Last updated on December 9th, 2023
If your boiler keeps losing pressure, you are not alone. You shouldn’t need to repressurise your boiler regularly, if you do, you have a problem.
I have been fixing boilers and heating systems for over a decade, and the central heating system losing pressure is normally easy to fix.
In this post, I’ll cover the most common causes of regular pressure loss on a boiler.
Why Does My Boiler Pressure Keep Dropping?
Your boiler losing pressure regularly is most likely for one of these reasons:
- A Leak on the central heating system
- The expansion vessel has lost its air
- Pressure relief valve passing water
- Filling loop is slightly open
The most common problem I get called out to when a boiler is losing pressure is a leak somewhere on the central heating system.
This could be anywhere on the full system: a radiator leaking water, a radiator pipe under the floor, the boiler, literally anywhere on the heating system.
How to find a leak in a central heating system
To find a leak in the central heating system, the first thing to do is check all the radiator valves.
The most common place for a heating system leak is on a radiator valve. Check them all for any signs of water, or old water damage like rust or stains.
Radiator leak fix
Sometimes you can fix a leaking radiator valve by tightening one or some of the nuts on the valve.
There are at least three places a radiator valve can leak from that can be fixed by tightening the nut with an adjustable spanner.
There are two main nuts, one on the pipe at the bottom, and one on the tail coming out of the radiator.
Then there is the gland nut right on top where you turn the valve to open and close it.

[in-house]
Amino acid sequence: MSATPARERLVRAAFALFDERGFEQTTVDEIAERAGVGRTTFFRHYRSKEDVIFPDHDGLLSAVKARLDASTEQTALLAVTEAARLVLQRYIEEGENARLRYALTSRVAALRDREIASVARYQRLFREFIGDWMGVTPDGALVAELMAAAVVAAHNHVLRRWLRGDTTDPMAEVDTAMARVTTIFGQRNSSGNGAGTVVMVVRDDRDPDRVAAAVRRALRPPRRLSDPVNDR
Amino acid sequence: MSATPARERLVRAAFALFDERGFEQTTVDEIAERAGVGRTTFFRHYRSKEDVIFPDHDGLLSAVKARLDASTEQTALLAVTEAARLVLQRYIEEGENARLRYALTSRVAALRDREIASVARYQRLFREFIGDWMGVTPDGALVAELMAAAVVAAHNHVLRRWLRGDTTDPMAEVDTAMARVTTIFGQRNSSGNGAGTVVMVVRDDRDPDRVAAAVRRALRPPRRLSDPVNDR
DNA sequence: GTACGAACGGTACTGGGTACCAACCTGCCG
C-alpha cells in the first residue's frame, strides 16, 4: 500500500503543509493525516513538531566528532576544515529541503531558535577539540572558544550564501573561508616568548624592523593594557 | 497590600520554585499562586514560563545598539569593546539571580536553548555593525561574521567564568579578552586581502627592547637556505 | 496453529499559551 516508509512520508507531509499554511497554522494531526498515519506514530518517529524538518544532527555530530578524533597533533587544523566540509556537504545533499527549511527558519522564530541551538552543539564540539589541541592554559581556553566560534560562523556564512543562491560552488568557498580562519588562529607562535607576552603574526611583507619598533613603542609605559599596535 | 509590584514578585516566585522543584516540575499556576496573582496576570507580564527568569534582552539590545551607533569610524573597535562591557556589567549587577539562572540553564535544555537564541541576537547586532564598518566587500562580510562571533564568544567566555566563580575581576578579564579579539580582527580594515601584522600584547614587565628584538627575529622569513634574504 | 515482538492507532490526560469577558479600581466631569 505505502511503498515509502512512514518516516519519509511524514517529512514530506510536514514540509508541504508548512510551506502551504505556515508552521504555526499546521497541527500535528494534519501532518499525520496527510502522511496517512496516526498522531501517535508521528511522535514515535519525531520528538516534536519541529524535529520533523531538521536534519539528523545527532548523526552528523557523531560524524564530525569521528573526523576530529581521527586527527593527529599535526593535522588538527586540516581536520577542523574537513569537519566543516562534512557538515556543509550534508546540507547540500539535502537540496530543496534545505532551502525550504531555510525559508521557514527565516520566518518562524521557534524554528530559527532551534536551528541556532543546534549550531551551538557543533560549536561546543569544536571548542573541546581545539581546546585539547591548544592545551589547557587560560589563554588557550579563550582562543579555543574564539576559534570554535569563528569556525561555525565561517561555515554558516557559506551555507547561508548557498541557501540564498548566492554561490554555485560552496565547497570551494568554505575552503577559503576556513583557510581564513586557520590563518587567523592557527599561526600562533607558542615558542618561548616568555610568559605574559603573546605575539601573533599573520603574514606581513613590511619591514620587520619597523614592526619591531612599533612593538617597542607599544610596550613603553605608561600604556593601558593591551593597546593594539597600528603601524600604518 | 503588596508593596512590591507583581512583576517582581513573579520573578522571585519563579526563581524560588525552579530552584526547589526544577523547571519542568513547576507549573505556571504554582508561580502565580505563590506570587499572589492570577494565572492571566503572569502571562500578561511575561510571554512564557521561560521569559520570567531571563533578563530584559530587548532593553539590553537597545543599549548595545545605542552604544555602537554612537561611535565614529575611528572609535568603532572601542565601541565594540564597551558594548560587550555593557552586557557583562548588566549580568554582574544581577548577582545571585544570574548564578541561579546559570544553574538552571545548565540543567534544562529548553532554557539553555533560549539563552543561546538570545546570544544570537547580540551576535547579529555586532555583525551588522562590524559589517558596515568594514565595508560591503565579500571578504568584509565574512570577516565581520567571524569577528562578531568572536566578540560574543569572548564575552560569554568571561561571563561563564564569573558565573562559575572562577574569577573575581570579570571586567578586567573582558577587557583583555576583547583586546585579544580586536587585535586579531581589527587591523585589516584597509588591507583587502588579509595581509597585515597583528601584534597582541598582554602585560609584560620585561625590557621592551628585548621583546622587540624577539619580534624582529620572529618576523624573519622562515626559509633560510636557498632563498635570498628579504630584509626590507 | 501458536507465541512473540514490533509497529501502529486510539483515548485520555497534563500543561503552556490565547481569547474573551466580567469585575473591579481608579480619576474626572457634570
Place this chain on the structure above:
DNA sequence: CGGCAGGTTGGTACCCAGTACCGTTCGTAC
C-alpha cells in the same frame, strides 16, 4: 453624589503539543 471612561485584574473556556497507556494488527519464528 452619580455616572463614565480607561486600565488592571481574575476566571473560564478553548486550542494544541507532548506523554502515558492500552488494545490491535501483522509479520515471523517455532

You might need to replace the radiator valve if the leak won’t stop after tightening the leaking nut.
After fixing the leak, you should bleed the radiators and repressurise the boiler to 1 bar on the pressure gauge
If the leak is not on a radiator, you should check under the boiler and any other heating pipes on show around the house.
If you can’t find the leak anywhere on your heating system, it could be under the floor.
This means the floor will have to come up, or you can try adding some central heating leak sealer to the system. Leak sealer will only work if your boiler is losing pressure slowly as it will only fix small leaks.
Your pressurised central heating system (combi boilers and system boilers) needs an expansion vessel to take the expansion of the water from the heat when the heating is turned on.
If your system or combi boiler pressure is dropping with no leaks, then a faulty expansion vessel is the most likely cause.
Expansion vessel location
We can find these either inside the boiler or somewhere on your heating pipes, depending on what kind of system you have.
The expansion vessel is full of air, so when the heating is on it takes some of the pressure increase away from your radiators and pipes.
If it loses air (quite common), then your boiler pressure will rise too high when you turn the heating on, causing it to reach over 3 bar of pressure.